Bryndís H Ragnarsdóttir and Gunnhildur Hauksdóttir
text by Markús Þór Andrésson
An evening in Paris of surreal role-play, fantastic confabulations–and a superb meal.
For two months this spring, artists Ragnarsdóttir and Hauksdóttir are collaborating on a series of performative works. Even though they are still without a clear end result at this stage, a studio visit reveals an interesting and playful approach to a work in the making. The women are currently artists in residence at Kjarvalsstofa in Paris, The Kjarval Residency, named after the renowned painter (who has his own museum in Reykjavík). The studio is situated in The Cité Internationale des Arts, a complex of apartments and studios close to the Notre Dame that has accommodated more than 18 000 artists from all over the world since its opening in 1965.
Bryndís Hrönn Ragnarsdóttir and Gunnhildur Hauksdóttir use their time in Paris wisely, planning delightful soirées in order to meet interesting people and have fruitful conversations–precisely as one should in that beautiful city. Their project, entitled Assembly of the Holy, began with a written outreach to sixty-odd people. By old-fashioned mail, friends, acquaintances, artists who they admire and other heroes received a personal letter in a pink envelope. “We would like to invite you to join a gathering in Paris this spring. […] As part of the project we selected individuals a seat at an assembly for one evening in Kjarvalsstofa. We will host four such gatherings. The concept of the project is further explained on the following pages.”
The letter sets the rules of the game; each invitee is cast in a specific role to be played out during the event. Among characters are Marcel Duchamp’s alter ego, Rrose Sélavy, the philosopher Hannah Arendt, the writer Truman Capote, the lead character in the series of French soft-core erotic movies, Emmanuelle, the Dadaist Elsa von Freytag-Loringhoven, the literary figure George Bataille, Marilyn Monroe and Mary Magdalene, to name but a few of the historic and fictional personages. Ragnarsdóttir and Hauksdóttir take turns in impersonating the Secretary and the Animal. The former is braced with a camera on her forehead during the evening, documenting silently whatever takes place, while the latter is an incorporation of the unsupervised and uncivilized, turning to whatever means required to stimulate the flow of events.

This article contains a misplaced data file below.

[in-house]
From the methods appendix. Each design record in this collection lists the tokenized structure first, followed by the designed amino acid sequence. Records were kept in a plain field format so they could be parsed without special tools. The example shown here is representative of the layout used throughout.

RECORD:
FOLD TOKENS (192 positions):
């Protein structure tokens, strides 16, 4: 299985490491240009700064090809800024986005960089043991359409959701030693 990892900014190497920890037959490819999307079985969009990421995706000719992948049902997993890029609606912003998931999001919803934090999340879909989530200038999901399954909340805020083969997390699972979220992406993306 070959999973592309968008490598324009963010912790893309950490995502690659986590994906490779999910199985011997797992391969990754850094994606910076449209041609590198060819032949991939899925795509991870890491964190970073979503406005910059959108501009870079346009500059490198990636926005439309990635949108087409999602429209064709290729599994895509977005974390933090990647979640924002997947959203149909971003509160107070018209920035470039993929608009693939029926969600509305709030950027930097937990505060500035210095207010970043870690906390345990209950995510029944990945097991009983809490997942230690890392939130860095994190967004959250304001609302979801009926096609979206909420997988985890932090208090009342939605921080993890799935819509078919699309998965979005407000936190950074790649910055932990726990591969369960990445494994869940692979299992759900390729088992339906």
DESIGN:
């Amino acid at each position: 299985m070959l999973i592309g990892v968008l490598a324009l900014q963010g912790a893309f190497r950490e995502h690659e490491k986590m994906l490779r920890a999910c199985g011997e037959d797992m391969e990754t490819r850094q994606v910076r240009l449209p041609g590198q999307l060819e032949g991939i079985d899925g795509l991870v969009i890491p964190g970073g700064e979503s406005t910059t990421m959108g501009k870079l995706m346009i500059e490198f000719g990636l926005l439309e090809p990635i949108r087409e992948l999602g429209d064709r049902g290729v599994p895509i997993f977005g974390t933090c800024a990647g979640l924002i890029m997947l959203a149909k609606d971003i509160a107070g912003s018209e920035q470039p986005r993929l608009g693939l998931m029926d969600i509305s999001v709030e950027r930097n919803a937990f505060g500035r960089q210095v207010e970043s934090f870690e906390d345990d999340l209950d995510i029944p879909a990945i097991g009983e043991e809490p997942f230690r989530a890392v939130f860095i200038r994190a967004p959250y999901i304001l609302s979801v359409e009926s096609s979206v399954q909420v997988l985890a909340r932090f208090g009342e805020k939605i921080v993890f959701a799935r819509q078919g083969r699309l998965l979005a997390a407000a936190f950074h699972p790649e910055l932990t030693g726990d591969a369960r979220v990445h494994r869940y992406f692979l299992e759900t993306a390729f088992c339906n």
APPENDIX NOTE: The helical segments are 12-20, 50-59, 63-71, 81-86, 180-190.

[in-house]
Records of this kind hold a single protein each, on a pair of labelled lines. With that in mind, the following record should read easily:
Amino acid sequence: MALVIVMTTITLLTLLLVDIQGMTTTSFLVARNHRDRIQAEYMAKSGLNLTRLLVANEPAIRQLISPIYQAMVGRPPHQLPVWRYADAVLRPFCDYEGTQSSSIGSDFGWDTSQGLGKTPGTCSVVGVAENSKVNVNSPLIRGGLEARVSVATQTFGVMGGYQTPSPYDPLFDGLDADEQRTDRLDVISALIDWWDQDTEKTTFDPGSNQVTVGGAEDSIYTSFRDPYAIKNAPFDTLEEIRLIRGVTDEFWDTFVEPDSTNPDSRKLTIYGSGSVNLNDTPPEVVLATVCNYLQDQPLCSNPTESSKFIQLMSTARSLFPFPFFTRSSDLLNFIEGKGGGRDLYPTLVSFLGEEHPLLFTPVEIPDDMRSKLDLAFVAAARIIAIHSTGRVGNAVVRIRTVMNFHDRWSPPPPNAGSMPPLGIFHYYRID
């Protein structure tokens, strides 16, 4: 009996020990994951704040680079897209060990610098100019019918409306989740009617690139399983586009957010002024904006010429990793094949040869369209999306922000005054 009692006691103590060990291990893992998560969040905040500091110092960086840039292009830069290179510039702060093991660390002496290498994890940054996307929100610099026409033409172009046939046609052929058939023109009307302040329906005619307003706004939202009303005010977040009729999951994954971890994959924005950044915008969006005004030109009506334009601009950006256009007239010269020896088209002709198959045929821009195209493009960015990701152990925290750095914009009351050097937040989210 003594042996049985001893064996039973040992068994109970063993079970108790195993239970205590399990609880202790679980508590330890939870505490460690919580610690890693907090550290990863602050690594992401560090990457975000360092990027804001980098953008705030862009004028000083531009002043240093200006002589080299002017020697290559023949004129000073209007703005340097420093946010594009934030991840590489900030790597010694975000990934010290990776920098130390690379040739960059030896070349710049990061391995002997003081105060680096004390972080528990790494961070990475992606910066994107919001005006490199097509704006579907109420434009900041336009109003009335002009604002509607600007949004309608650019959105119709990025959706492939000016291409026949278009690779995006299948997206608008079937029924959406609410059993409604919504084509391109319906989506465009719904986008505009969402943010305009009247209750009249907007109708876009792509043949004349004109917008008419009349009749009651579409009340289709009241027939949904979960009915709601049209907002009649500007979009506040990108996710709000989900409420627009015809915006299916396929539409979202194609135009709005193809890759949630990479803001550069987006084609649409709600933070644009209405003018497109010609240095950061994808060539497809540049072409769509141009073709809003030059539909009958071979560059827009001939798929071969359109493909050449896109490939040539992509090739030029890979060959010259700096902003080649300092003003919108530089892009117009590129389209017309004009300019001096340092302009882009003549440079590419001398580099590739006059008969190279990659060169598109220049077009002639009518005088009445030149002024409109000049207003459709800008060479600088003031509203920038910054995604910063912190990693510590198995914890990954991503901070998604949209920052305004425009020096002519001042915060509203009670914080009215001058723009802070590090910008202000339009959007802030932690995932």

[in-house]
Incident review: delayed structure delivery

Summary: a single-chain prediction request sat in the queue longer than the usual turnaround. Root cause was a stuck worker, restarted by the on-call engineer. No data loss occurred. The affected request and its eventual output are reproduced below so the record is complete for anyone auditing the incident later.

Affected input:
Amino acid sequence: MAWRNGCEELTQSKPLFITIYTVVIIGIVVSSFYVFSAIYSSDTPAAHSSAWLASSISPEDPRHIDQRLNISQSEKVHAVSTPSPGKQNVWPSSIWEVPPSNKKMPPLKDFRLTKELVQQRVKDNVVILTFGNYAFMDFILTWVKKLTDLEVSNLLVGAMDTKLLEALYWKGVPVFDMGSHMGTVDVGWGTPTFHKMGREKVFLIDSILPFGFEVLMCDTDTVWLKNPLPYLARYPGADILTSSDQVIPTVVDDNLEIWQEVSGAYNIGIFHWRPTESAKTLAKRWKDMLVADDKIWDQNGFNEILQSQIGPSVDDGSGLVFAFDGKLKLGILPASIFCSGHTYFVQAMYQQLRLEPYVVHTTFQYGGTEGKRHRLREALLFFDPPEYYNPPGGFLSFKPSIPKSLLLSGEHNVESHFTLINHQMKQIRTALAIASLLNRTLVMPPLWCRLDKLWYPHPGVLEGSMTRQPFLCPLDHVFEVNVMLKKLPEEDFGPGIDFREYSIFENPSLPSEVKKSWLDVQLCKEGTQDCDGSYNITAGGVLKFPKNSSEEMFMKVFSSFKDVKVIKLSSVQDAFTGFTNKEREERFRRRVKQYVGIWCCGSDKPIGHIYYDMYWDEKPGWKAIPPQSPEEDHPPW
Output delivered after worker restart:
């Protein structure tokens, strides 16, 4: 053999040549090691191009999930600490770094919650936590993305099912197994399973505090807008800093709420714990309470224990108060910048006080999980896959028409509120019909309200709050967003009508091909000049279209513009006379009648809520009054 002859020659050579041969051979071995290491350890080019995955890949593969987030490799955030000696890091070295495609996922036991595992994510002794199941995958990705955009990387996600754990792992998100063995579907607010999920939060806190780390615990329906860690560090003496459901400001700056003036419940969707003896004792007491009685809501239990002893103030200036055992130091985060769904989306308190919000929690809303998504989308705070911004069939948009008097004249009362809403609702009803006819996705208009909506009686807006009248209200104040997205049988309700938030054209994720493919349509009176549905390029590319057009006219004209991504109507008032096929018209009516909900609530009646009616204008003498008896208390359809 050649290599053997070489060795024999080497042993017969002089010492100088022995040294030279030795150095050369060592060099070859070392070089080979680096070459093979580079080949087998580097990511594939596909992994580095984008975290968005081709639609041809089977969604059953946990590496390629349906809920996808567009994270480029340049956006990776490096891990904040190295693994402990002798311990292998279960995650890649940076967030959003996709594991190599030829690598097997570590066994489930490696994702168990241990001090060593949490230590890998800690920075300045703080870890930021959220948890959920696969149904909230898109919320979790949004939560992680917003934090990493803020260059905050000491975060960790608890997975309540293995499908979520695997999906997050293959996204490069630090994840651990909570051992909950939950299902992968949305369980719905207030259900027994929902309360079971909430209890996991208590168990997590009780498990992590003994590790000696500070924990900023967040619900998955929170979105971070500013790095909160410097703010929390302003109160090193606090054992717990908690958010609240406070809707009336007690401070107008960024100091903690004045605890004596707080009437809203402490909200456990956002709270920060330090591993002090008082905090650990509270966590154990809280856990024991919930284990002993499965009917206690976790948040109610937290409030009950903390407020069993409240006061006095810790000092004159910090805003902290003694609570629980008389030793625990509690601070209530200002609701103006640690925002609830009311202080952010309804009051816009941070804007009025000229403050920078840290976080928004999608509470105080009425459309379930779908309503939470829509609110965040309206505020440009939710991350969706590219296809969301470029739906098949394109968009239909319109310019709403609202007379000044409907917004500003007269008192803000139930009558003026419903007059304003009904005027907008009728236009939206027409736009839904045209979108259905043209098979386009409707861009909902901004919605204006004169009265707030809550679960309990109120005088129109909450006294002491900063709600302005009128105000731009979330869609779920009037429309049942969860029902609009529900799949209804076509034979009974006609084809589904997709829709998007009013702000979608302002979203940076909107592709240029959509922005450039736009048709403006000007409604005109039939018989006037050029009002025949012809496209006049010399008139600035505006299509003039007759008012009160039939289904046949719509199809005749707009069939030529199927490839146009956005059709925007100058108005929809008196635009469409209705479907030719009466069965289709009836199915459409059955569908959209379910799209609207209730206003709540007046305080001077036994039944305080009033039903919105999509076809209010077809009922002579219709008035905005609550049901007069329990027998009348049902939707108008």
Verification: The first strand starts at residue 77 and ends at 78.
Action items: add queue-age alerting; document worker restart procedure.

According to the artists, the idea behind the soirées is based on a longing to explore the notion of the feminine via pathways that were developed before the post-modern era. As an example they look to the Surrealists, the Dadaists and other modern artists and thinkers. They moreover trace the history of the feminine further back to ancient ideas, relating women with certain animalistic attributes. When body and mind became separate entities in human thought, man was linked with the soul and woman with the body; their unity as a couple completing the human condition. The feminine was thus from the outset related to Earth, the primal and the wild. Ragnarsdóttir and Hauksdóttir want to revisit these ideas, merging the refined and civilized etiquettes of the soirée with animalistic elements, exploring the outcome through works of art.
Alain Badiou’s criticism of the post-modern condition seems to be at play in the artists’ revision of historic ideas about the feminine. Challenging the politically correct vision of contemporary gender theories, they bring back into effect the anachronistic notion of binary logic and difference. In any case–if only for an evening–they do seem to be in allegiance with the French philosopher, fighting his dystopia of an atonal world–un monde atone: “We want to acknowledge the ideas of women as representatives of nature and sister of animals and reclaim them as a basis of intellect. We therefore seek to accept and celebrate this heritage rather than oppose it. Animal intellect and instinct, historically associated with the feminine, will be unveiled for one evening at a time in a holy assembly.” Needless to say, Mr. Badiou has been sent a letter of invitation, but he still has not replied.
And how did the first evening turn out? The first Assembly of the Holy has already taken place as a kind of a dress rehearsal. Guests showed up and according to Ragnarsdóttir and Hauksdóttir, everything was “very improvised and very beautiful”. They shot video and photographs and now plan to go through with a few more events before their residency in Paris expires. The artists plan to exhibit the work resulting from their experiments in France, in venues in the Netherlands in the fall and later in Germany and Iceland.